If you have been working in a software team using any type of git workflow, I bet you are familiar with the concept of Pull Requests. This article does not intent to school you on the mechanics of creating it, but rather on the art of what constitutes a Pull Request that brings smiles to reviewers and collaborators alike.

The Title

Here is your opportunity to let the reviewer know what your Pull Request (PR) is all about. Do go beyond just including the issue number; try to reflect the main point of the pull request. Don’t assume the reviewer will know, just based on the issue number.

Examples of Pull Request titles:

  • BOS-8869 Introduced Social Login with Facebook, Google and Twitter
  • MYAPP-0007 Fixed Crash bug when adding item to Calendar in iOS
  • API-1020 Introduced Coach Marks for Filtering

The Description

Putting together a useful description will significantly help the reviewer understand your changes. Specially if you changed many files, or the change is not trivial. Take the time to craft a detailed description, since you are in the best position to justify your approach; after all, you wrote it.

The description field of the Pull Request typically supports some type of markup (i.e.:MarkDown). Just like you would for a well crafted essay, do make use of all of the formatting you have at your disposal to express the ideas in a clear manner.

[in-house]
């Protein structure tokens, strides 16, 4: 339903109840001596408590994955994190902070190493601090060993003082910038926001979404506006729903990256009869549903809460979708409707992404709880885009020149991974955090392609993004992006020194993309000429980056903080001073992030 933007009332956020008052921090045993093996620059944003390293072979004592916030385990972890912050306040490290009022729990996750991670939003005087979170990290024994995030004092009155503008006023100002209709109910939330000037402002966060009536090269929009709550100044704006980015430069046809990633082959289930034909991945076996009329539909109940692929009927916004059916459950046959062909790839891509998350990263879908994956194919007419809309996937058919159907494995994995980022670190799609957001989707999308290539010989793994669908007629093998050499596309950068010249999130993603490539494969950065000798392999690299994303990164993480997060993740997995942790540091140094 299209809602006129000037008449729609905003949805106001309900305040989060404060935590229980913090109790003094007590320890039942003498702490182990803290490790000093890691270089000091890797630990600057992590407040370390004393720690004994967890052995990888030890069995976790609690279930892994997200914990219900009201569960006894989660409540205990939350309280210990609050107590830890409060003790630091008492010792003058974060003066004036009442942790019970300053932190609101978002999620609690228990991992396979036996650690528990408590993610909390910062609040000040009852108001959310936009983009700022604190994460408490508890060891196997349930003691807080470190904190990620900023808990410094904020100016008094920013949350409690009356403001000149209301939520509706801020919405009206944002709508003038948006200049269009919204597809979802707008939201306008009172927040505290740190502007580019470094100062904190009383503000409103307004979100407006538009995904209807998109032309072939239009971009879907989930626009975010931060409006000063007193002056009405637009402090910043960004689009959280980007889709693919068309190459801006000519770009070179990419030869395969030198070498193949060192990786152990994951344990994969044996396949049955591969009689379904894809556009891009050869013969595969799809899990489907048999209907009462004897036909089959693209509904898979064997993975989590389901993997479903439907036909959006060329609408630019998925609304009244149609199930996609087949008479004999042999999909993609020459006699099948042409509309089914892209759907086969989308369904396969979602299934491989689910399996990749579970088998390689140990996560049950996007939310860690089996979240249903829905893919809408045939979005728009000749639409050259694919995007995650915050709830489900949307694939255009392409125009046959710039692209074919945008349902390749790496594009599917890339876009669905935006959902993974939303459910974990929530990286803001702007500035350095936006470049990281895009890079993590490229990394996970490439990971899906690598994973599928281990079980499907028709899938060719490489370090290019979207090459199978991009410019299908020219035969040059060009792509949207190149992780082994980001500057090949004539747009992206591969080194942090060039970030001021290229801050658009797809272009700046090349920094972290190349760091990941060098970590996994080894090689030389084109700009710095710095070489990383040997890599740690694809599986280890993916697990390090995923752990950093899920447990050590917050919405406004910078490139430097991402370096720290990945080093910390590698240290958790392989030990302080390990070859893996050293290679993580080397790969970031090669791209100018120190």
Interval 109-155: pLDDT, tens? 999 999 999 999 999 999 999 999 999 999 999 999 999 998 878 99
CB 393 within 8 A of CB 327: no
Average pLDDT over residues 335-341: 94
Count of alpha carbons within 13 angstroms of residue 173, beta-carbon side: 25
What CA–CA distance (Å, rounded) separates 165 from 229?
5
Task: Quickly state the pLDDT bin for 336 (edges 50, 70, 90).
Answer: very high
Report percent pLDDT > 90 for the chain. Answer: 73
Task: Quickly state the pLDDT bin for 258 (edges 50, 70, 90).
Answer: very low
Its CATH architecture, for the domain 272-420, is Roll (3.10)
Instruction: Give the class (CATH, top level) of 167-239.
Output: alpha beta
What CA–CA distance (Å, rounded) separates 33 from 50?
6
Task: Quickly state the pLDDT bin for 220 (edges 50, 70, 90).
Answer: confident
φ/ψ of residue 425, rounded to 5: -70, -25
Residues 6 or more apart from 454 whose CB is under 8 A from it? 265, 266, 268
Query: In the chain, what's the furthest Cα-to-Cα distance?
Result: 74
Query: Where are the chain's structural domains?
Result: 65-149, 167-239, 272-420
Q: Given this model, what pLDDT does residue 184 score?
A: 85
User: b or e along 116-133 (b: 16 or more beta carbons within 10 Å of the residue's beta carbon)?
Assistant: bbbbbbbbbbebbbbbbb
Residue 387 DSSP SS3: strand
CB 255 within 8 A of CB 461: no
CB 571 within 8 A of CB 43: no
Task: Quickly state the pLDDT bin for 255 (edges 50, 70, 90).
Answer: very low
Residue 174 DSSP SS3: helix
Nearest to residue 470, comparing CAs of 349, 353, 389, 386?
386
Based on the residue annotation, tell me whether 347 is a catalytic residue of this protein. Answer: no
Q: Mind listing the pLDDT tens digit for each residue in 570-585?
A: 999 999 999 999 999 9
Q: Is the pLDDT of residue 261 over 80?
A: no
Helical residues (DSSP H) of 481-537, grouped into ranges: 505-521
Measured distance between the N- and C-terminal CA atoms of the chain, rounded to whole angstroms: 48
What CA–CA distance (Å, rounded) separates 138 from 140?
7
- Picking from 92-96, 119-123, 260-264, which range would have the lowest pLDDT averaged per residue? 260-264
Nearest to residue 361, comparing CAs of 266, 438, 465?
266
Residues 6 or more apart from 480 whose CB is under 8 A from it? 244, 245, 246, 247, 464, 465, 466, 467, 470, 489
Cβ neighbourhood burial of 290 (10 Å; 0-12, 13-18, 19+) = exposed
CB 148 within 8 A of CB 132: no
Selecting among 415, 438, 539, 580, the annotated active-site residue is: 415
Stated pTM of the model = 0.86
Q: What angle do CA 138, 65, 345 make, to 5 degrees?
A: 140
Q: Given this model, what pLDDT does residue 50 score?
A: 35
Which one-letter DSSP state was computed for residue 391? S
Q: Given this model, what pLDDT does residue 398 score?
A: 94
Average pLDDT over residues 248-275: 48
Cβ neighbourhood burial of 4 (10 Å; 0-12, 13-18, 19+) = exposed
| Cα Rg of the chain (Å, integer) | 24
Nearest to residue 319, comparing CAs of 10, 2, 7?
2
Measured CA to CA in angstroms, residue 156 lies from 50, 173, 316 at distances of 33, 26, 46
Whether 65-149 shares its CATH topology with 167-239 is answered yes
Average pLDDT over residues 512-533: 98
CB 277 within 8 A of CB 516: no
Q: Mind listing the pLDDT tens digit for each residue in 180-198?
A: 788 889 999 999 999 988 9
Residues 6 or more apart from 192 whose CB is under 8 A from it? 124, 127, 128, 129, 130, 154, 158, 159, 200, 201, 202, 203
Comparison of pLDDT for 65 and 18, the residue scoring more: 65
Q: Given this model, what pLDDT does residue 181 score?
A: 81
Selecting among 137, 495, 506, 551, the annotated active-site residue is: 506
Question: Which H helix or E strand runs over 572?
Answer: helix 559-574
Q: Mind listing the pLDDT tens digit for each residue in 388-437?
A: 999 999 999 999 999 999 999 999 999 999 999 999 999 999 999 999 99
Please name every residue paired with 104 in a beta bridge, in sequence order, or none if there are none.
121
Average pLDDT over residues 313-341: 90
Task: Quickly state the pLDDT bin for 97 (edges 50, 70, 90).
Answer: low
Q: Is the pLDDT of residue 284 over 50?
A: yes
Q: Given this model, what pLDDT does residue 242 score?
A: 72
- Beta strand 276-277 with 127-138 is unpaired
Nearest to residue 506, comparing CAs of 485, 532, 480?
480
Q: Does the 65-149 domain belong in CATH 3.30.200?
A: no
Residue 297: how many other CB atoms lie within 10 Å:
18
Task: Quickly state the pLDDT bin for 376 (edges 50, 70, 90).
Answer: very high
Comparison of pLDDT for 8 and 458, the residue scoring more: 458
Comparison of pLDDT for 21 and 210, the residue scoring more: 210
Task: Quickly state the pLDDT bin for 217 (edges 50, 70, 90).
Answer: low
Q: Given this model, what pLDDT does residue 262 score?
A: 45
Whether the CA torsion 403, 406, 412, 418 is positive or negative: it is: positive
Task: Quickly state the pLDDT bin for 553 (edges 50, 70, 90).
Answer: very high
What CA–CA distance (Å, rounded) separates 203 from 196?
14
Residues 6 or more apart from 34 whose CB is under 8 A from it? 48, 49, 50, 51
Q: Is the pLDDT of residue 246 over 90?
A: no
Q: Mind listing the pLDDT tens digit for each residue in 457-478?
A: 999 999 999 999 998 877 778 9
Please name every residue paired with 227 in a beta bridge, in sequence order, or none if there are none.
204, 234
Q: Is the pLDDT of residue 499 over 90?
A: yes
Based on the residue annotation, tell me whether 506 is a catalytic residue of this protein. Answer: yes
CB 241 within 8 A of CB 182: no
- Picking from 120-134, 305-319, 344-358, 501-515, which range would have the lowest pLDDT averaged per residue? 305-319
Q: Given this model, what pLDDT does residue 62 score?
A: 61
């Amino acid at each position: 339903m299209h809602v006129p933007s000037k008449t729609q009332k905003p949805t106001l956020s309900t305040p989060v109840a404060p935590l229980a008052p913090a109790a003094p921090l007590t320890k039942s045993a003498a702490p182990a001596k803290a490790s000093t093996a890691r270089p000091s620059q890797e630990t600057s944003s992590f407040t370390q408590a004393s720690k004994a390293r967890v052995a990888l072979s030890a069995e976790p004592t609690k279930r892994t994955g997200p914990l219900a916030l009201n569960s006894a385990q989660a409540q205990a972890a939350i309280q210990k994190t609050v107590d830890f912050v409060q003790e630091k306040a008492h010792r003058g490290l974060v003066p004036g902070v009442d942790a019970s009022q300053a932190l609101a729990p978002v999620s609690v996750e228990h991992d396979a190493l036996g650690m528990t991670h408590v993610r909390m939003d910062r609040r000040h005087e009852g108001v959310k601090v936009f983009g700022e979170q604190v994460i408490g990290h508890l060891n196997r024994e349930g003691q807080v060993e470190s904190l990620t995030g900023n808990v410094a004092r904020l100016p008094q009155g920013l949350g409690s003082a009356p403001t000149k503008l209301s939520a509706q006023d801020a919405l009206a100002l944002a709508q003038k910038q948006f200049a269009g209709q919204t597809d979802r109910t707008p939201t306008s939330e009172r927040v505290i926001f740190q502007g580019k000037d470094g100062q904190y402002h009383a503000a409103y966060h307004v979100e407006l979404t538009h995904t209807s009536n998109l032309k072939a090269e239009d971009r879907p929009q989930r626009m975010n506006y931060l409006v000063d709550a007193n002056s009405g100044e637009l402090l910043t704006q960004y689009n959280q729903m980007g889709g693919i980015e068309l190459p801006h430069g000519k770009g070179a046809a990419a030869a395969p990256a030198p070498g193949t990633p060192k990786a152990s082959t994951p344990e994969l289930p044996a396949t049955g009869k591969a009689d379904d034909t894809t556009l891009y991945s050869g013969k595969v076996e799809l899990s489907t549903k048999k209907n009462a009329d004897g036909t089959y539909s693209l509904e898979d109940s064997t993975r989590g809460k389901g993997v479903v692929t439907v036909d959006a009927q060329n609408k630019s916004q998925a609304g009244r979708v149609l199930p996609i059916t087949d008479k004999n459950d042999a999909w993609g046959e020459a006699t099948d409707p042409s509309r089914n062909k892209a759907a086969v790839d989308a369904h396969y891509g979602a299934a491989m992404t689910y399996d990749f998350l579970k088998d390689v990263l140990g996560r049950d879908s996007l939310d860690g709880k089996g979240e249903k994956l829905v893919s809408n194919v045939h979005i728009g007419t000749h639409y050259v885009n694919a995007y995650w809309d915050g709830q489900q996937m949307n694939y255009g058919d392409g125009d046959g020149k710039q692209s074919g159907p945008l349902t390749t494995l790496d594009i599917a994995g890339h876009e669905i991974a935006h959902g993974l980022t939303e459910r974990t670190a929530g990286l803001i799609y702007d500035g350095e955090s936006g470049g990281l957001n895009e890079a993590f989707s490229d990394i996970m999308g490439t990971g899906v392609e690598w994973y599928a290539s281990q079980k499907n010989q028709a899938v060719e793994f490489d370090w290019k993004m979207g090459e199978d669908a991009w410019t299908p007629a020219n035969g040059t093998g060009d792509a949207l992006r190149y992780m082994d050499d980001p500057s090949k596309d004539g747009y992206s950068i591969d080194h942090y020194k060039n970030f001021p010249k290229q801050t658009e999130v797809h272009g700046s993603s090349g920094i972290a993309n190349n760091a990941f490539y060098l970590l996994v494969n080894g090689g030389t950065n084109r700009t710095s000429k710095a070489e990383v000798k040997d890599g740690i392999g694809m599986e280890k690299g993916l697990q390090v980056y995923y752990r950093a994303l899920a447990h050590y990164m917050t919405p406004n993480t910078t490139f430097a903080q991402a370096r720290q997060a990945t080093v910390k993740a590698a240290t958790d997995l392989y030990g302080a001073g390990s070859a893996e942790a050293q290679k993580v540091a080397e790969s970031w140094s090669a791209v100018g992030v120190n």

Examples of Descriptions:

  • Changed implementation of the GetClubDetails method to process the request asynchronously. The return type is now Task<ClubDetail> and the method name GetClubDetailsAsync to follow the convention.
  • Modified the FilterOptionsService to sort options alphabetically.
  • Used the new Location API deployed to Azure and had to change Proxy, Service and Data Transfer Object associated with the Location Screen.

The Screenshots

A picture is worth a thousand words. This could not be more true when it comes to pull requests. If the change involves any UI change, always include a representation of before and after. This saves the reviewer lots of time, and provides clear guidance of what to expect.

Some tips when including screenshots:

  • Resize the image to manageable size. The intent is to provide context of what changed, not to fill the screen with larger than life images.
  • Highlight areas of the UI that are expected to change. Specially if the UI is too busy, and the change cannot be spotted easily.
  • When useful, insert the images into a Table, for the purpose of contrasting the images side to side.

In the end, these are all tips that assist the reviewer in understanding the context of your change, and thus making the review process something that brings a smile to one’s face.